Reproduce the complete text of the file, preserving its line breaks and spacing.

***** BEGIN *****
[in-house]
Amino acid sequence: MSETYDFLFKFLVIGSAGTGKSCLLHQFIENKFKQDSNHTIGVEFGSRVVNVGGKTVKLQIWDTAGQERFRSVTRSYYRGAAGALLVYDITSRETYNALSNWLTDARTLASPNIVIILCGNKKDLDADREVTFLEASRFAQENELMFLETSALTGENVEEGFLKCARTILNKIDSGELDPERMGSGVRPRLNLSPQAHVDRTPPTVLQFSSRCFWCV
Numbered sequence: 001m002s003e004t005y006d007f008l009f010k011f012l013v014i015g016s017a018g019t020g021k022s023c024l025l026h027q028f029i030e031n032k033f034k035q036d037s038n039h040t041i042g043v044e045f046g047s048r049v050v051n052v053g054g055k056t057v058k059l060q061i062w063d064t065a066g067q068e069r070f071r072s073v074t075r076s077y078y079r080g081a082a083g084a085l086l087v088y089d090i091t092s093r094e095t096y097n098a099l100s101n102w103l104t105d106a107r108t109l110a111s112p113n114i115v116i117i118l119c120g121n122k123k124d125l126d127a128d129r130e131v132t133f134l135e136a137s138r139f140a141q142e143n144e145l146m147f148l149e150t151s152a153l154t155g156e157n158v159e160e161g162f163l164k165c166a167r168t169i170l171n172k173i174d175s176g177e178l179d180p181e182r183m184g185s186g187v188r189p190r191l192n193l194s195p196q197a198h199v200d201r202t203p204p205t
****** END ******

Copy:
[in-house]
Amino acid sequence: MSETYDFLFKFLVIGSAGTGKSCLLHQFIENKFKQDSNHTIGVEFGSRVVNVGGKTVKLQIWDTAGQERFRSVTRSYYRGAAGALLVYDITSRETYNALSNWLTDARTLASPNIVIILCGNKKDLDADREVTFLEASRFAQENELMFLETSALTGENVEEGFLKCARTILNKIDSGELDPERMGSGVRPRLNLSPQAHVDRTPPTVLQFSSRCFWCV
Numbered sequence: 001m002s003e004t005y006d007f008l009f010k011f012l013v014i015g016s017a018g019t020g021k022s023c024l025l026h027q028f029i030e031n032k033f034k035q036d037s038n039h040t041i042g043v044e045f046g047s048r049v050v051n052v053g054g055k056t057v058k059l060q061i062w063d064t065a066g067q068e069r070f071r072s073v074t075r076s077y078y079r080g081a082a083g084a085l086l087v088y089d090i091t092s093r094e095t096y097n098a099l100s101n102w103l104t105d106a107r108t109l110a111s112p113n114i115v116i117i118l119c120g121n122k123k124d125l126d127a128d129r130e131v132t133f134l135e136a137s138r139f140a141q142e143n144e145l146m147f148l149e150t151s152a153l154t155g156e157n158v159e160e161g162f163l164k165c166a167r168t169i170l171n172k173i174d175s176g177e178l179d180p181e182r183m184g185s186g187v188r189p190r191l192n193l194s195p196q197a198h199v200d201r202t203p204p205t